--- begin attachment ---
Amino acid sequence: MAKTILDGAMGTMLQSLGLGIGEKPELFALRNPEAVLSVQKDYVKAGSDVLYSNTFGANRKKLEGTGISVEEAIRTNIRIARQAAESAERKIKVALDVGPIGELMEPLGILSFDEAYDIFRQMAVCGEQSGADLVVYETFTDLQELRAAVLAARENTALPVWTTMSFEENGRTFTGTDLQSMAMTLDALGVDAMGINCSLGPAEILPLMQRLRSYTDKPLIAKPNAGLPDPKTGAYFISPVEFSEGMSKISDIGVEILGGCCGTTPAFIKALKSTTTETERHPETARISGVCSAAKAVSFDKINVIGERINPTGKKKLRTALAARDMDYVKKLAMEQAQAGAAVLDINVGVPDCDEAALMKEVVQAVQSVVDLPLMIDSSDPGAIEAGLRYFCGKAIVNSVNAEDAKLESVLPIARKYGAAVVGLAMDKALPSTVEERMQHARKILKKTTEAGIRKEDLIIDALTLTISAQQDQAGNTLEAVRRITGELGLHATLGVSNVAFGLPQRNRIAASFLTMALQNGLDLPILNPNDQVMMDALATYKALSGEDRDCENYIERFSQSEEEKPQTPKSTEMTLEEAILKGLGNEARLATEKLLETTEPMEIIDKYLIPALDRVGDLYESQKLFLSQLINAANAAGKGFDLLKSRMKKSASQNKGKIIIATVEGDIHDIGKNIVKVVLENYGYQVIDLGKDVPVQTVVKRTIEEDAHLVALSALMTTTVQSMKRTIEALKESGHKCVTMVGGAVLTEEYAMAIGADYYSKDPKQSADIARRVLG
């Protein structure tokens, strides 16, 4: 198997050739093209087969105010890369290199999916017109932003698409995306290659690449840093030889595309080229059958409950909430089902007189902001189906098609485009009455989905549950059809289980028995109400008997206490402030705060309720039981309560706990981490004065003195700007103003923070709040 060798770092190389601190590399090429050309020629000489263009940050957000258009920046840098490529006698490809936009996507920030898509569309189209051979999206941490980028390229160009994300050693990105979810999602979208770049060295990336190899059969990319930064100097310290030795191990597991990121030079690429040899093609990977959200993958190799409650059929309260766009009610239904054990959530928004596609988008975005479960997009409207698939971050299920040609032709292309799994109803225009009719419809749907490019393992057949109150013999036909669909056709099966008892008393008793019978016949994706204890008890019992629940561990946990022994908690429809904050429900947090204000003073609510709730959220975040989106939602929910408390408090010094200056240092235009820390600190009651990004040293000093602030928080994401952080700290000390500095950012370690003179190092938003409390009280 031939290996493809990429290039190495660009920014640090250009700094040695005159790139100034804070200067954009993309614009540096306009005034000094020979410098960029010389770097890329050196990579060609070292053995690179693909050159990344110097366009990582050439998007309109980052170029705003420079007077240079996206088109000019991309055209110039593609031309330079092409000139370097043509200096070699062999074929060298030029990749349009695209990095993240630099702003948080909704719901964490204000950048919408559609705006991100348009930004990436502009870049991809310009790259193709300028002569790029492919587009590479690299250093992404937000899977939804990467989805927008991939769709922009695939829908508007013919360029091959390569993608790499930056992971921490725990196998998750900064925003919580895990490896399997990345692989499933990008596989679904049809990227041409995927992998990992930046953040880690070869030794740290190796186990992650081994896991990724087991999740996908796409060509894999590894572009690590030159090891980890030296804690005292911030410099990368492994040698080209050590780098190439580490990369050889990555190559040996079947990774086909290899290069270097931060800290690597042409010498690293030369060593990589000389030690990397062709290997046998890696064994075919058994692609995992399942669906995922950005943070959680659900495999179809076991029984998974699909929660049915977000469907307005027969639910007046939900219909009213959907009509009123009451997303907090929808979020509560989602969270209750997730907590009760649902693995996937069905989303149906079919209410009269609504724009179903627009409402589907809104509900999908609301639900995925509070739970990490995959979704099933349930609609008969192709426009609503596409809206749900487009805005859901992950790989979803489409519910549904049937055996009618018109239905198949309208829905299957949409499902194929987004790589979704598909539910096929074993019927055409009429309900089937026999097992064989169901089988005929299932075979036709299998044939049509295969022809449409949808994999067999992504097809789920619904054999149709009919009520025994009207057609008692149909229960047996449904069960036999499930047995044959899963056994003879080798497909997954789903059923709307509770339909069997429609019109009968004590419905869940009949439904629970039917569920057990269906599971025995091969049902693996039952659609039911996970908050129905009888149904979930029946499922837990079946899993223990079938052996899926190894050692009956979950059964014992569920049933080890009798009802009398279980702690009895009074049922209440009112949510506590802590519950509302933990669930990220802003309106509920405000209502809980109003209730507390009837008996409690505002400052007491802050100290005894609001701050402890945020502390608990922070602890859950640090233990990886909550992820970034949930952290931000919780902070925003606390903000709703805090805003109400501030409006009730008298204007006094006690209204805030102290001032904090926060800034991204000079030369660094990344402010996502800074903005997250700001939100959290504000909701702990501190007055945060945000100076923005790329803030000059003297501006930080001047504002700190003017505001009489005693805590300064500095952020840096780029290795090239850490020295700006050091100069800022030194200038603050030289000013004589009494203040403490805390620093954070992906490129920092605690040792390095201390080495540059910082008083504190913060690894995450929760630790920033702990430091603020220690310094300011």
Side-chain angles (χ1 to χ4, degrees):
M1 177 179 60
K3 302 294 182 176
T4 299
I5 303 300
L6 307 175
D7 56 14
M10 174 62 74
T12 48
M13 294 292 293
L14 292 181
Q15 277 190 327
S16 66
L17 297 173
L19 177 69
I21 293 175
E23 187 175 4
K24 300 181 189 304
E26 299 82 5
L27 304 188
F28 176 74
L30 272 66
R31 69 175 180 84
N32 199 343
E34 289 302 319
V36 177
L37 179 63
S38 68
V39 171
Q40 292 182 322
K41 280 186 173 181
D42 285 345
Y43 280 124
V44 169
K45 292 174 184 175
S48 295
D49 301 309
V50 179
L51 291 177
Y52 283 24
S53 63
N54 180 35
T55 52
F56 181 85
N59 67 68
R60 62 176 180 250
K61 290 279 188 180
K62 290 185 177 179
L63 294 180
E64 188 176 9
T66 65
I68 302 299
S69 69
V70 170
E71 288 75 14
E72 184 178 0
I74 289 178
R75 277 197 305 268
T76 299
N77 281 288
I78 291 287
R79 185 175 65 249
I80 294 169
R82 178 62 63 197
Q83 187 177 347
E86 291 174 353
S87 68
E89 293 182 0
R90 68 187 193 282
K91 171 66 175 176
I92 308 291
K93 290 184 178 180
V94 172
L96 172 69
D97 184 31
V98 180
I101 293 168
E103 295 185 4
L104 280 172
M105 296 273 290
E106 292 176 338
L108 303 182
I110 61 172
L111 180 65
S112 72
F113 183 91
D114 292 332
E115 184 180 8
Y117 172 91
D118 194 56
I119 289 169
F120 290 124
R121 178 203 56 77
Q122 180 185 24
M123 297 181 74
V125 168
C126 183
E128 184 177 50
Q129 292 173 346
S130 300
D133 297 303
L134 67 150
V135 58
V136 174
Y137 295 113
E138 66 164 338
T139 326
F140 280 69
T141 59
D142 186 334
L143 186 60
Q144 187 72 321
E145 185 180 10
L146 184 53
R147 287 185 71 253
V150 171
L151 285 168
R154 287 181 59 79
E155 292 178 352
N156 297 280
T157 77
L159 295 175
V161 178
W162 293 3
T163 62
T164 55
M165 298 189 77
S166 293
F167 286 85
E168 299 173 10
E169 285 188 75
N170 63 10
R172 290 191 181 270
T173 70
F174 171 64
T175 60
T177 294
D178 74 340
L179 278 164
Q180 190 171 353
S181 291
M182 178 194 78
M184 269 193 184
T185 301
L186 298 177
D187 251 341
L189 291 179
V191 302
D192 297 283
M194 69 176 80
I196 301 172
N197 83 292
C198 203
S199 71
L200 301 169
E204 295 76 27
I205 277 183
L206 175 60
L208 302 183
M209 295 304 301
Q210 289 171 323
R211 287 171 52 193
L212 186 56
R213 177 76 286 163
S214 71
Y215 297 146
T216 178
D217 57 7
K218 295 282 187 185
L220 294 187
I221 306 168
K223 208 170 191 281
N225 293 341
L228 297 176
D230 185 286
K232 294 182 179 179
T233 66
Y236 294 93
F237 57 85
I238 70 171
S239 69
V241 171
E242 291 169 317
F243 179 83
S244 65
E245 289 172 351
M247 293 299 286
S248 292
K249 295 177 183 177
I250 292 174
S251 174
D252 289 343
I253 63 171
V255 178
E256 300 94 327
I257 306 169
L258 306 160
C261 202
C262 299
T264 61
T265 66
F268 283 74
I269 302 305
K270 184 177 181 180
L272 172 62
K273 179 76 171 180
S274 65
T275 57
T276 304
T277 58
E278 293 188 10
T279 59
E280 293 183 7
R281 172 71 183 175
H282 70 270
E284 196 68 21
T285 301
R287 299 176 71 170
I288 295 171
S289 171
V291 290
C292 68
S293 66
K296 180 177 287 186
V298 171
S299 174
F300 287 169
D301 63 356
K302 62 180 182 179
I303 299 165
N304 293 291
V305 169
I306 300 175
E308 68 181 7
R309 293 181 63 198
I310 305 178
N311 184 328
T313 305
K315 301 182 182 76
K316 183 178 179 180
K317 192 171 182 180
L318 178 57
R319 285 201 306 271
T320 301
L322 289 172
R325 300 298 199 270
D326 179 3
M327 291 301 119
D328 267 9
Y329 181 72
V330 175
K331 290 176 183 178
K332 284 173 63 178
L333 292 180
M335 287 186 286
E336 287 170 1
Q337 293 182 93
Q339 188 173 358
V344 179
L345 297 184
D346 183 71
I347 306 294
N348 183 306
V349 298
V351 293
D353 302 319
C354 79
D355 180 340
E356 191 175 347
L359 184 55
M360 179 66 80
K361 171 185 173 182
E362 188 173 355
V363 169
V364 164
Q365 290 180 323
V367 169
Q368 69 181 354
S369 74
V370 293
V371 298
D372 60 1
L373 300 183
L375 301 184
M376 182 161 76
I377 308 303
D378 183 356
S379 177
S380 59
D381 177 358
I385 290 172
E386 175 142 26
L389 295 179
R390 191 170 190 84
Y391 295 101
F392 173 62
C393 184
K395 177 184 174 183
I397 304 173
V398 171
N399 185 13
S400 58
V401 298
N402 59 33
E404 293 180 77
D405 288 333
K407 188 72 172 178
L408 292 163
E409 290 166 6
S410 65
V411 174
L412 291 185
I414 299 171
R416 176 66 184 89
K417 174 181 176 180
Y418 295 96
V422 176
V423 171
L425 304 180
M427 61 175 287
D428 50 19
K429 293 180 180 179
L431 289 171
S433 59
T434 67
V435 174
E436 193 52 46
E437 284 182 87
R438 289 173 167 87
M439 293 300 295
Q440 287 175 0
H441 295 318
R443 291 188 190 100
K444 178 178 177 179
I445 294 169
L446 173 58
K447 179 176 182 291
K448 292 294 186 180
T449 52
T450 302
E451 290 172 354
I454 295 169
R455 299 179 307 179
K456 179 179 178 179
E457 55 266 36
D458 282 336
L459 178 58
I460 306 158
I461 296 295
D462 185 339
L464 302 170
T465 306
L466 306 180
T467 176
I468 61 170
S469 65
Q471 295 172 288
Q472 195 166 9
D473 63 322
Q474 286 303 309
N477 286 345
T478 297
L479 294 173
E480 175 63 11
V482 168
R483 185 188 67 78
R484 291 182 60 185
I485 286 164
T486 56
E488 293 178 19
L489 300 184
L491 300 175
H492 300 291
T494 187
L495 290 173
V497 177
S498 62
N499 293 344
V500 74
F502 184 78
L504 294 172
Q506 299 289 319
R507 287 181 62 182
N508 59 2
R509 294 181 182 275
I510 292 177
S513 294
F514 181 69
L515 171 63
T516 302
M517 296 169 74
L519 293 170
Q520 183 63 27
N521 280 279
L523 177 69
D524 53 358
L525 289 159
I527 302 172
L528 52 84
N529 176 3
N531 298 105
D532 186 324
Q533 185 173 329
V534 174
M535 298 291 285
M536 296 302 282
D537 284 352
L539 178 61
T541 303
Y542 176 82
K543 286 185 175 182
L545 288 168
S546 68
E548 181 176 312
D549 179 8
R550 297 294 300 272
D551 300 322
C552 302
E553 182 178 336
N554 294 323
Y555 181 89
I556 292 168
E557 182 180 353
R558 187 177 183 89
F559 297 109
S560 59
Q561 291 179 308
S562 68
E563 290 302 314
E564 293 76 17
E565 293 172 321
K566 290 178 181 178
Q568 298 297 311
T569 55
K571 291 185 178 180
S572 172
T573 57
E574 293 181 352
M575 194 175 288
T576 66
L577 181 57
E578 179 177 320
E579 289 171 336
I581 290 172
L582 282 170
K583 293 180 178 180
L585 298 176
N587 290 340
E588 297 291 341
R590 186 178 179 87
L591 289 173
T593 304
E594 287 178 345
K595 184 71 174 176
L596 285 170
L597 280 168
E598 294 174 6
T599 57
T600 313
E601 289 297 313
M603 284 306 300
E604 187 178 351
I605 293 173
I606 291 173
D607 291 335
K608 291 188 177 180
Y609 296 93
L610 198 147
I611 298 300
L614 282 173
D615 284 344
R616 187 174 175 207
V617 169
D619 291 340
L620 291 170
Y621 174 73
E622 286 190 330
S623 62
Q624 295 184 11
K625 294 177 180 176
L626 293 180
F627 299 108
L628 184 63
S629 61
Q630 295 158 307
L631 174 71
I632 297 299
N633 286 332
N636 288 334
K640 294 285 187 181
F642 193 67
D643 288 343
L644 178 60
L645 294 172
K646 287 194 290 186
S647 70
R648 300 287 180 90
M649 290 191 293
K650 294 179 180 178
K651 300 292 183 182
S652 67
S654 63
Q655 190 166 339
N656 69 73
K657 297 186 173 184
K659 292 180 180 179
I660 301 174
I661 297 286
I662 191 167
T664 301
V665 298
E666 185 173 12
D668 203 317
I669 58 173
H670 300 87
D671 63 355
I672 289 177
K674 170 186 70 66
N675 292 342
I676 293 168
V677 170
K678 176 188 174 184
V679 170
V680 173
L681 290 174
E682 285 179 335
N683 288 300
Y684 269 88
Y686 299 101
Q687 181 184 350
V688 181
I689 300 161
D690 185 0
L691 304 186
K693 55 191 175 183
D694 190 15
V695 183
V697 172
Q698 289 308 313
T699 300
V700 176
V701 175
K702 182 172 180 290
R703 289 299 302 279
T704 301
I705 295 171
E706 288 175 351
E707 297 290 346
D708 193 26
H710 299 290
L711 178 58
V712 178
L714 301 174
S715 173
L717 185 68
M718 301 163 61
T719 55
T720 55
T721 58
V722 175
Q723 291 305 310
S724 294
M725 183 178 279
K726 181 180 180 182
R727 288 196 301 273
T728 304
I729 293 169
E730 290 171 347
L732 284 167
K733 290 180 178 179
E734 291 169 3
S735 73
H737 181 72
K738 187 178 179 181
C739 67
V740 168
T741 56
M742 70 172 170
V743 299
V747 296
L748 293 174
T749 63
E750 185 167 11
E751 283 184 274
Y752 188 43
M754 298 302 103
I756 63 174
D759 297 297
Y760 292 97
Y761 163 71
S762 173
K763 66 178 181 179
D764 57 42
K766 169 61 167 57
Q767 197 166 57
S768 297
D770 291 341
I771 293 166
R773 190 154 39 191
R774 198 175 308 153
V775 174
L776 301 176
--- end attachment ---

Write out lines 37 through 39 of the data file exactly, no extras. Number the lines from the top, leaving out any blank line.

K45 292 174 184 175
S48 295
D49 301 309